In the article Seeking revenge in the underworld of stolen bikes the main guiding question the author uses is, who stole my bike? With ancestry.com the question is, who am I related to? For humans of New York I think a suitable guiding question is, who are the people of New York? On the website for Photo essays the overall websites question can be what do these photos tell us? I looked at the photo essay on south American anti poaching squad and the main question for this would be who are these women workers and what do they do to protect the wildlife? While the Mapstory asks about the history of certain places and where certain things are located in the world.
These do represent what I would think of as inquiries, because the authors are not using a set formula they are letting their evidence and investigation flow freely and following it where it takes them. One thing I can think of that I do on occasion is look up vacation destinations. First I type in good places to go and as I sort through them I go from web page to web page just following what seems interesting. The main key to an inquiry is not controlling your conclusion but letting your questions take you where ever they lead. Inquiry means to question so the focus is not on what my answer will be, but instead on the questions the get me to where I am.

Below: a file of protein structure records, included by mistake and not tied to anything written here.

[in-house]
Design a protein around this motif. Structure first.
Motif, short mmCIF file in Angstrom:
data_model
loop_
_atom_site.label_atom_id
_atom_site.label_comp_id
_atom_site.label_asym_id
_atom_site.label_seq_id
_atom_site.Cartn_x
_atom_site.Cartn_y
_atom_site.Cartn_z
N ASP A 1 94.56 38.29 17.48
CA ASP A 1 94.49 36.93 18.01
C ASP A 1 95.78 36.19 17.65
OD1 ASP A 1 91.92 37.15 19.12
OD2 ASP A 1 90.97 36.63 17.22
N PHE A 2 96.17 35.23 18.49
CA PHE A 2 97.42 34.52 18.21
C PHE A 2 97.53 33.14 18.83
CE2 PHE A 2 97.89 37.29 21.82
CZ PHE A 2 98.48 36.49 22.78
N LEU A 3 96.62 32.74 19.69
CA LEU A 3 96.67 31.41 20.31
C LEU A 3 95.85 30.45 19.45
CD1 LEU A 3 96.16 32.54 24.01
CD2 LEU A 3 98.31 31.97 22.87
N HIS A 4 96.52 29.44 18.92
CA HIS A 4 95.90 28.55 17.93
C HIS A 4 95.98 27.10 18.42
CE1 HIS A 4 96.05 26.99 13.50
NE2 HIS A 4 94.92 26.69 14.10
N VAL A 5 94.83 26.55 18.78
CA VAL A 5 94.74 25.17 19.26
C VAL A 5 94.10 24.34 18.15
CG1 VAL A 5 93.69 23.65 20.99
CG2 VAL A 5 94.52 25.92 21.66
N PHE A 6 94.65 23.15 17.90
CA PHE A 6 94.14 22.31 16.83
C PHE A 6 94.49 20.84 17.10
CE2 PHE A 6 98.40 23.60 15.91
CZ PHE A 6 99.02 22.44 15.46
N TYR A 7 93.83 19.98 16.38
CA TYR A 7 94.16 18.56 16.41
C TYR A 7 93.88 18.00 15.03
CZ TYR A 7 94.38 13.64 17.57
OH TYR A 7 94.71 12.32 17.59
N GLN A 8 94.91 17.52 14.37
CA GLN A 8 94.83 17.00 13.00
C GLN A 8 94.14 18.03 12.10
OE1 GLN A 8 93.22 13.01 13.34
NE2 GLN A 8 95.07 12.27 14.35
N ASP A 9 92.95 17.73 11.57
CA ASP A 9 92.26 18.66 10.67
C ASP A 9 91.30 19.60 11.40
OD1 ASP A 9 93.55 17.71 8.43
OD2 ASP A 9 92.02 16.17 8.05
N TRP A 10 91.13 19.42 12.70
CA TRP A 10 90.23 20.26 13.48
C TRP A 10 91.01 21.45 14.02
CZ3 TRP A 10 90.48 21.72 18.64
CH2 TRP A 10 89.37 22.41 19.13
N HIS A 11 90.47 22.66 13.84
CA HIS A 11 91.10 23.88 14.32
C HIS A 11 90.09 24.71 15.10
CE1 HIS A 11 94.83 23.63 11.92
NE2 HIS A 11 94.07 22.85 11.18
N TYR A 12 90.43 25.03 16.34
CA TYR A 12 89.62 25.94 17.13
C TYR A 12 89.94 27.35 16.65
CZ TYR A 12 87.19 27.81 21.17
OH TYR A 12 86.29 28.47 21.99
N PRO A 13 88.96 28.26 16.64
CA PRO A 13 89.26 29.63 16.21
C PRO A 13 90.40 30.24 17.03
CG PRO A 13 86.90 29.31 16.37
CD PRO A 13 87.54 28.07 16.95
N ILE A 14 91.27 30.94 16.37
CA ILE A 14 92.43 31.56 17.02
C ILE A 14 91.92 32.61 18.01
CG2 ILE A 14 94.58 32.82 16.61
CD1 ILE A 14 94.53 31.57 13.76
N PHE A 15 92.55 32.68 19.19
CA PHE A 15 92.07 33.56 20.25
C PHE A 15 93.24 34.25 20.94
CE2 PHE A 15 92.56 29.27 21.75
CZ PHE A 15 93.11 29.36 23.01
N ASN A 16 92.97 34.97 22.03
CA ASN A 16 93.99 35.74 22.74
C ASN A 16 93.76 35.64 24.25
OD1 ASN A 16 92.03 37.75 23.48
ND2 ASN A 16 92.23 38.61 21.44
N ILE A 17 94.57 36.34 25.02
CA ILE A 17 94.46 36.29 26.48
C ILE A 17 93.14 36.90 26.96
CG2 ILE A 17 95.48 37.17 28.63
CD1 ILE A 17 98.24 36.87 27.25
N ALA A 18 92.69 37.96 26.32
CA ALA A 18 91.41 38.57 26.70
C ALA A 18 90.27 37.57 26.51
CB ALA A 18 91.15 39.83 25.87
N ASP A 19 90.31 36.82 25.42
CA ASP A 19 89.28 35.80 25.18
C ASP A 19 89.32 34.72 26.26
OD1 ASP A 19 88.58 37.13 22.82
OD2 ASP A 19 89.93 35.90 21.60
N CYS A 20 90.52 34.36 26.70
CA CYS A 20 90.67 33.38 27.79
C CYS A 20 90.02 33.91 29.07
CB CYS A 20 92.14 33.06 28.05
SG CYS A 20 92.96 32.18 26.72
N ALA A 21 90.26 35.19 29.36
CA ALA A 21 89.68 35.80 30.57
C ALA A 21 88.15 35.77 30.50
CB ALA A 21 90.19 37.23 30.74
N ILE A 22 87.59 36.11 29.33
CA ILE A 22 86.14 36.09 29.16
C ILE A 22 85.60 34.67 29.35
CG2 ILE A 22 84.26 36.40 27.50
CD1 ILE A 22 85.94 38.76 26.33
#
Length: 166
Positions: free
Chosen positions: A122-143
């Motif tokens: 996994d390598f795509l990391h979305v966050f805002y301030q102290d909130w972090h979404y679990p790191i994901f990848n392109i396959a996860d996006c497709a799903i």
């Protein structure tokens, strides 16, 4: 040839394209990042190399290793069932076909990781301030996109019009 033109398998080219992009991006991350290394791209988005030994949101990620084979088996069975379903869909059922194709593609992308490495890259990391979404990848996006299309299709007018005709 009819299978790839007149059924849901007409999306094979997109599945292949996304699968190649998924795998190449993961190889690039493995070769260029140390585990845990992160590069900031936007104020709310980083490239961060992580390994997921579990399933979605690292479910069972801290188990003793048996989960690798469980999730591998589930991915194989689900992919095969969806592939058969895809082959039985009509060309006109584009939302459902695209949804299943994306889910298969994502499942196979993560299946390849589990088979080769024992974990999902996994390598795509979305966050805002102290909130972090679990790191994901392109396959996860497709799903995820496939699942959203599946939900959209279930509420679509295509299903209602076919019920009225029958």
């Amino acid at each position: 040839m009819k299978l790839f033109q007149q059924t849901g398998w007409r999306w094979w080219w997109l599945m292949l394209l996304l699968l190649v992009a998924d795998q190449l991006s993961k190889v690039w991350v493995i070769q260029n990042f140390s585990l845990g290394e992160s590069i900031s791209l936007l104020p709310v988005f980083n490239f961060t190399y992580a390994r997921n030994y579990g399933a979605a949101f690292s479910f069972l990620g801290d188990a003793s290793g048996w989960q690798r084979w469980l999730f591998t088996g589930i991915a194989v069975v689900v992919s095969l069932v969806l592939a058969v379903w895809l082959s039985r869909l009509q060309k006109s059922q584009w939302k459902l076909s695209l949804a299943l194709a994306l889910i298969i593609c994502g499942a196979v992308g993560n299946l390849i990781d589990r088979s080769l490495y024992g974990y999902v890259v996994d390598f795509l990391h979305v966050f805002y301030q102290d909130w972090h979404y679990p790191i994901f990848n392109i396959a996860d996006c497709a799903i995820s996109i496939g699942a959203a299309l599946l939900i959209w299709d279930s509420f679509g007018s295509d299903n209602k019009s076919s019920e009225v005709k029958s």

http://www.nationalgeographic.com in my mind is a perfect example inquiry. It discovers the wonders of the world and what goes on. It follows the facts and stories that its writers find but it doesn’t search in particular for a certain script to present the public and that is what makes it an inquiry. The main guiding question could be What is there to discover about our amazing earth.